Unmanned Solar Vehicles Challenge 

The world´s first contest for unmanned solar-powered ground vehicles, Unmanned Solar Challenge, was held in Oct 2012 at Korea Automobile Testing & Research Institute, KATECH. Total of eight vehicle competed in short and long distance tracks.
Check out the promotion video below.



Solar powered robot toys

For those of you looking to teach your kids about the importance and fun behind solar energy, the 6 in 1 Solar Powered DIY Robot Toy Assembly Kit from OWI would be a perfect gift. It comes with everything you need to build six different toys that all function with the power from the included solar panel.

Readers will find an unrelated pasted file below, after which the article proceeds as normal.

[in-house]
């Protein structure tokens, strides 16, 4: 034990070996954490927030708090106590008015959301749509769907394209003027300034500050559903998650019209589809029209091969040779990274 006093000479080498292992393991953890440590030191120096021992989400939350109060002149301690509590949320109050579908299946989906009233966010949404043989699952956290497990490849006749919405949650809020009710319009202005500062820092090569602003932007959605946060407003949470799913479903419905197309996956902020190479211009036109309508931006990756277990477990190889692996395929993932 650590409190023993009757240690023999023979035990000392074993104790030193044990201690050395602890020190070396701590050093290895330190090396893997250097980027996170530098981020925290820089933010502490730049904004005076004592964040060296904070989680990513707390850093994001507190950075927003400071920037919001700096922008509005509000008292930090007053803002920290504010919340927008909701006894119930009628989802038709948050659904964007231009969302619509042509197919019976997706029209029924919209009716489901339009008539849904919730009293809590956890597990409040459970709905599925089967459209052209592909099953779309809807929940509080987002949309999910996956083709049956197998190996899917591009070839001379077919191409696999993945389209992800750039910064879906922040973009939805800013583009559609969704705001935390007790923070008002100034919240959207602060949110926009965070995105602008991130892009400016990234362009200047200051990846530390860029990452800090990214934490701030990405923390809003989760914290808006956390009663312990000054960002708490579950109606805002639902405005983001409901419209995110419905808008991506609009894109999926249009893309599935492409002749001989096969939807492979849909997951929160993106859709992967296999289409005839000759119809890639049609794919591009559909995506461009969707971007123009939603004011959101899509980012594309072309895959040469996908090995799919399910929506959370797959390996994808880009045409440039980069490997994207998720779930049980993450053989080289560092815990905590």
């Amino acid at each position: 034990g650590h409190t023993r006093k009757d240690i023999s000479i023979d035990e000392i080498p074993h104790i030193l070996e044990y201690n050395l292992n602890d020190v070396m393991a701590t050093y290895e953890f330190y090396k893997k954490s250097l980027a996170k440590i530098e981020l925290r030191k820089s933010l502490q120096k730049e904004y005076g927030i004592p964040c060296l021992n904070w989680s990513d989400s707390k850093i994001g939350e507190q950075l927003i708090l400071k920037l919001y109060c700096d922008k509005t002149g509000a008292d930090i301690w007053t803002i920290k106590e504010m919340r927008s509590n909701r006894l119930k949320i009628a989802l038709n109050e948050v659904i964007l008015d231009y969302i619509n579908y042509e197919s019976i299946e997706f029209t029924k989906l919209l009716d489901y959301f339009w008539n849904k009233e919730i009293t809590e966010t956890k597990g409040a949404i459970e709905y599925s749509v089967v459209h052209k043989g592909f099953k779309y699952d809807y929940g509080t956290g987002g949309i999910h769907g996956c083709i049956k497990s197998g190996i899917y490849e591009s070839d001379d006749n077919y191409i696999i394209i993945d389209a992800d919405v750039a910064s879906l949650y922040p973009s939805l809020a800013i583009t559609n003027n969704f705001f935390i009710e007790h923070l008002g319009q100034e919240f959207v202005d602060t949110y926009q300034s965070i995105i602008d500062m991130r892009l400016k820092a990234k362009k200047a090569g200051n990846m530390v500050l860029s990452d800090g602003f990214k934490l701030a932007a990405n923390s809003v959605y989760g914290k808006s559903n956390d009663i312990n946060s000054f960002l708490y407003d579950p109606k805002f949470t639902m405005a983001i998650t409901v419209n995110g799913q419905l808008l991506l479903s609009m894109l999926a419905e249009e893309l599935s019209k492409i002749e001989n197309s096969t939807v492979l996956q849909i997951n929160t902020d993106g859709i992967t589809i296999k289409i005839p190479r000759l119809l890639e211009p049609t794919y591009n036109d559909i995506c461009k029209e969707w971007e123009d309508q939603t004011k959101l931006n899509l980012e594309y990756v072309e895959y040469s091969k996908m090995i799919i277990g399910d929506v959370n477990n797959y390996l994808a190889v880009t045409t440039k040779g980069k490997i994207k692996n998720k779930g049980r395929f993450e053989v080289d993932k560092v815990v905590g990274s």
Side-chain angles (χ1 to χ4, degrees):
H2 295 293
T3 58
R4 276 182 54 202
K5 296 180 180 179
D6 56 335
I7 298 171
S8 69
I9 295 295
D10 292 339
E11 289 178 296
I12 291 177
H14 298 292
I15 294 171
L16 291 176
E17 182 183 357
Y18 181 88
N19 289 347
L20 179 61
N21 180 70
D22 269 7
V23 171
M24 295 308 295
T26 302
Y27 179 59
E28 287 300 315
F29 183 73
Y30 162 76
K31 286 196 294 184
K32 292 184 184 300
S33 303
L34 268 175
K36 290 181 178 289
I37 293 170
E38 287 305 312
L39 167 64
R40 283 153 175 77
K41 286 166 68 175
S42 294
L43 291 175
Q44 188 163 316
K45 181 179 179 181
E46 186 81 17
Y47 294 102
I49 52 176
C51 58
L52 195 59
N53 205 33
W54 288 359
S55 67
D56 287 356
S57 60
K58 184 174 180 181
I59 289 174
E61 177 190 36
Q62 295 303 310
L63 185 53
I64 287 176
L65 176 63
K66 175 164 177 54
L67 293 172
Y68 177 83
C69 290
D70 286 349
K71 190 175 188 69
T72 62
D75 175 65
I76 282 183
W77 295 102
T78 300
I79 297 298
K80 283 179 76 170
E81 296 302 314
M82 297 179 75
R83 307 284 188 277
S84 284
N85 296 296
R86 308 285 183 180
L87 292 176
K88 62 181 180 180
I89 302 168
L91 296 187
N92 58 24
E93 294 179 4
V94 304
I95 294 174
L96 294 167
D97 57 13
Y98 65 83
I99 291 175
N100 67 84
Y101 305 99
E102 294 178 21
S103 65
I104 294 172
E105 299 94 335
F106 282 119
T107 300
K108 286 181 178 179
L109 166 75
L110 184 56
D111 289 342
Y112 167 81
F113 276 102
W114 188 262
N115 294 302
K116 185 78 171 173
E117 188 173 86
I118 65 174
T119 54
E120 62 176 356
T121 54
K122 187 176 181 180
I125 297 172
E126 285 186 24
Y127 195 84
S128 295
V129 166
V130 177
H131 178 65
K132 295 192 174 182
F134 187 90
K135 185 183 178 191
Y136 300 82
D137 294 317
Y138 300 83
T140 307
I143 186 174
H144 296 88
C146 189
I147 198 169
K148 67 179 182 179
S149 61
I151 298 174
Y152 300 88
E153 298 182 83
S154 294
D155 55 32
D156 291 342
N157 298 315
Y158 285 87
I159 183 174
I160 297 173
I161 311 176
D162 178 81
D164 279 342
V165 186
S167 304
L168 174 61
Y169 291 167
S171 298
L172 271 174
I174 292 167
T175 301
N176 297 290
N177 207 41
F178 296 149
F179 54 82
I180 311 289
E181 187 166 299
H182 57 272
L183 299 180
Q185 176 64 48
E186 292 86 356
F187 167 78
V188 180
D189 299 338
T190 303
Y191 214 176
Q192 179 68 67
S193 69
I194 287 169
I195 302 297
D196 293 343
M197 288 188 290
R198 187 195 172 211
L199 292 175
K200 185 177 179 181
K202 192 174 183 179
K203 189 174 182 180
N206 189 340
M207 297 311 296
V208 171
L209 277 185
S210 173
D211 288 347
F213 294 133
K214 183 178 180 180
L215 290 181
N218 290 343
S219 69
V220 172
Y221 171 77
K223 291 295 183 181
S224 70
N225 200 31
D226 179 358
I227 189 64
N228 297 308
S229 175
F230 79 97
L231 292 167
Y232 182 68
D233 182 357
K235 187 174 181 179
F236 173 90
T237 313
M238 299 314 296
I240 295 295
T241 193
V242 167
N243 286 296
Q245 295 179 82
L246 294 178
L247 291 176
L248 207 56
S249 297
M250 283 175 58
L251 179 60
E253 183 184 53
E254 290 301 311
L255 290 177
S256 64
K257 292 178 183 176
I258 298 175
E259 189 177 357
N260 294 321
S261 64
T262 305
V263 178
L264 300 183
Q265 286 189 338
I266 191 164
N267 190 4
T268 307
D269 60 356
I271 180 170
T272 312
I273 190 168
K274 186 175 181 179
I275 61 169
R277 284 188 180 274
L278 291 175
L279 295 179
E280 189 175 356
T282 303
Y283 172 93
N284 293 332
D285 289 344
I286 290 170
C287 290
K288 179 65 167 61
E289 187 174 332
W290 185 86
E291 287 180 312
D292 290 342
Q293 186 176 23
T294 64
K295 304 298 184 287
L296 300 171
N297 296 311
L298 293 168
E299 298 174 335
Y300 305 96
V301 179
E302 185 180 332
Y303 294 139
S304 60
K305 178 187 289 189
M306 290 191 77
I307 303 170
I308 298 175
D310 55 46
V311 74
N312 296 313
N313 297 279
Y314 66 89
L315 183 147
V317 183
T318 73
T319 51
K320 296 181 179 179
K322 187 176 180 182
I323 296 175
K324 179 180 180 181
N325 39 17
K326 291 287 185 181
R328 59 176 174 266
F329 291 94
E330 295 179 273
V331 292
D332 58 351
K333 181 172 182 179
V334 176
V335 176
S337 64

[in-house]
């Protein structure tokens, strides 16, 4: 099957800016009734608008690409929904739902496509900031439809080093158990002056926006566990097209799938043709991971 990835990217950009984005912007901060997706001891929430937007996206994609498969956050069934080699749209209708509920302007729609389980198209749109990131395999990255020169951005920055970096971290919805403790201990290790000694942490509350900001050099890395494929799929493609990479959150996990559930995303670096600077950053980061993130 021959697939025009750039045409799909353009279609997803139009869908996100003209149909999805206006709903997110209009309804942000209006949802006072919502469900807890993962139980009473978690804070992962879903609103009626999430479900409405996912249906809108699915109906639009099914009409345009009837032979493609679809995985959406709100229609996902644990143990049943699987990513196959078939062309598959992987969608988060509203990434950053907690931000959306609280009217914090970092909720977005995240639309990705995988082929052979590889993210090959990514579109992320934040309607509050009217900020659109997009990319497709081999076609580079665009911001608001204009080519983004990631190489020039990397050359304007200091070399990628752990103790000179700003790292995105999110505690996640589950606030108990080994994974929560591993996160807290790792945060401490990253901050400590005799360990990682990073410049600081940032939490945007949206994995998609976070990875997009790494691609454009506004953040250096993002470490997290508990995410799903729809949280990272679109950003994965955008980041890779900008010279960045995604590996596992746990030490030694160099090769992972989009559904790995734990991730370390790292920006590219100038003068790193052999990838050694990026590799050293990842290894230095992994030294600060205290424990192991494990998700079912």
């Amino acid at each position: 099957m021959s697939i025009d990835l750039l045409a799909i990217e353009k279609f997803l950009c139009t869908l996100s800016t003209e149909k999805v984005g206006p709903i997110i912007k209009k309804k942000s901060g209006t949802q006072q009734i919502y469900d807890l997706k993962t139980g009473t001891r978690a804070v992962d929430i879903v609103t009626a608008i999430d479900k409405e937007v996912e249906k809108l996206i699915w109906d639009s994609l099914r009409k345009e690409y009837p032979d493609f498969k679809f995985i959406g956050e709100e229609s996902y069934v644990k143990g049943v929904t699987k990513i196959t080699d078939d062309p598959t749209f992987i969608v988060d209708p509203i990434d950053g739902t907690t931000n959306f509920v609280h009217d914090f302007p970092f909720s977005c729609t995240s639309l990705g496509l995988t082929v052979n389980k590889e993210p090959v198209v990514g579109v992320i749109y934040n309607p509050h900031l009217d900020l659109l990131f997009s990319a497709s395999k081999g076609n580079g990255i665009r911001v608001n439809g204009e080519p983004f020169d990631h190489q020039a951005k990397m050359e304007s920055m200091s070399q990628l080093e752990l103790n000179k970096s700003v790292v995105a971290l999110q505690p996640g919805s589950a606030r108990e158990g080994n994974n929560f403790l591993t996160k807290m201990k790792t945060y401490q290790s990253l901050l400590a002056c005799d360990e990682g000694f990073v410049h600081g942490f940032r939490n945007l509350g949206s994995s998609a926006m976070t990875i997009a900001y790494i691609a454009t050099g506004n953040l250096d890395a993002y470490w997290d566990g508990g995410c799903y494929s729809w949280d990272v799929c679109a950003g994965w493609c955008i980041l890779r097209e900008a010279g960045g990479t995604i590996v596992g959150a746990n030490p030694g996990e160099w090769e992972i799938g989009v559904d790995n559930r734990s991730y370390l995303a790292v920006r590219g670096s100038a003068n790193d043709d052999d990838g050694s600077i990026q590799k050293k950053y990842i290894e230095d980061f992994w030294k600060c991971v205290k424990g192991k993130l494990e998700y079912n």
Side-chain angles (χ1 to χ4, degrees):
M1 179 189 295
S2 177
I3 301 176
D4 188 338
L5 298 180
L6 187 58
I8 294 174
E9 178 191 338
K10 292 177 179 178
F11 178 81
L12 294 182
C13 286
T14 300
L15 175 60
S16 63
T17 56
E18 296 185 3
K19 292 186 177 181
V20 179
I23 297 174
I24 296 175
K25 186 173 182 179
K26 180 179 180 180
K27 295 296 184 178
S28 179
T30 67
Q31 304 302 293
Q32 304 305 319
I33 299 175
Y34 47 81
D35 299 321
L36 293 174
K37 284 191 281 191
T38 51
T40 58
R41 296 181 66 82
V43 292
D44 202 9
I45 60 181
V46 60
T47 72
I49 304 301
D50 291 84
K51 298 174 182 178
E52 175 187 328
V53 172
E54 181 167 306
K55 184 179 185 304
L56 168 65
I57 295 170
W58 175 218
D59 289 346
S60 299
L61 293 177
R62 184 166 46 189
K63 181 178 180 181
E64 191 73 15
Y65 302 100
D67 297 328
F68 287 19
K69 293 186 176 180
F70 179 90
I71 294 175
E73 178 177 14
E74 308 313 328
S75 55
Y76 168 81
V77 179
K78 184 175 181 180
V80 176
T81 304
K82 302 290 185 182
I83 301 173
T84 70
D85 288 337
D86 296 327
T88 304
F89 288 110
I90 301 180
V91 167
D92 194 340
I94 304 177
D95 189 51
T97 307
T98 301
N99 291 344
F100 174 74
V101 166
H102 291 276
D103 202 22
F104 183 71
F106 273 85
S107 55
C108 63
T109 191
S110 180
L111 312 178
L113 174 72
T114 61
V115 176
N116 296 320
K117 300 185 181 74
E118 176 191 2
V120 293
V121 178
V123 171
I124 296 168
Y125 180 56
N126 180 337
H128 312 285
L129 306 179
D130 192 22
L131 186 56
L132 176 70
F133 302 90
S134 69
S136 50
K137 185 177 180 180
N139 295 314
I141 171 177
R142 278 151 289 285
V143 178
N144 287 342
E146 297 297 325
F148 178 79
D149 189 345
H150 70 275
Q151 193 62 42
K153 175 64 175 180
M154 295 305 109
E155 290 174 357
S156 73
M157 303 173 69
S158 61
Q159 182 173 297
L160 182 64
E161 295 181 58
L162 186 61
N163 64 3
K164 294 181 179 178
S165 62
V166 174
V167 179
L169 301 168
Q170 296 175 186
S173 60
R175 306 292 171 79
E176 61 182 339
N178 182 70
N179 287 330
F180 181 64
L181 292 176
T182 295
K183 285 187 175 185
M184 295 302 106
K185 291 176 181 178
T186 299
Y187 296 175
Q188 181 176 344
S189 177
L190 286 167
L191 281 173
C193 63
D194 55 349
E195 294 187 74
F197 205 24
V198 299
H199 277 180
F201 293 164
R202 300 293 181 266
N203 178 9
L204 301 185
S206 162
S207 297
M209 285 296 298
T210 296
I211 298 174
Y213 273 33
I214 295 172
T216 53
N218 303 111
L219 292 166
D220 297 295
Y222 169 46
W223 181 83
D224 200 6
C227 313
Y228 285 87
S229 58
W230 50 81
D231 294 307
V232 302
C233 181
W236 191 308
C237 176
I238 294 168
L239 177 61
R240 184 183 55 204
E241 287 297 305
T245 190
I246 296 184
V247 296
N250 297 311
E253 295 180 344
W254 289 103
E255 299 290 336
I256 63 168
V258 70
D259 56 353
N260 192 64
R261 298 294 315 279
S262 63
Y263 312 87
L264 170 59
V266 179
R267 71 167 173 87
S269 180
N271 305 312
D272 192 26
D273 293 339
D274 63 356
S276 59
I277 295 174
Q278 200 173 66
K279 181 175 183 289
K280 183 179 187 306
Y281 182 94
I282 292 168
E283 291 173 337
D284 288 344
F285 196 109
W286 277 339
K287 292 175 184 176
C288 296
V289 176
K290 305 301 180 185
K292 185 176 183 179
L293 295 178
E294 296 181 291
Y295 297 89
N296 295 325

11 comments:

Maria said...

I wonder how popular are these solar power plants now. They are being used not just for commercial purpose but people are using it for residential purpose also.
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Wolfgang Heller said...

Check the list of solar thermal power stations at Wikipedia: Concentrating Solar Power (CSP), Photovoltaics, summary of installed photovoltaic and more detailed data for some countries.

Krista Hiles said...

I must say that it's a nice blog with informative post. Could you please write a blog post that describes more about the total cost for applying power plant for industrial use?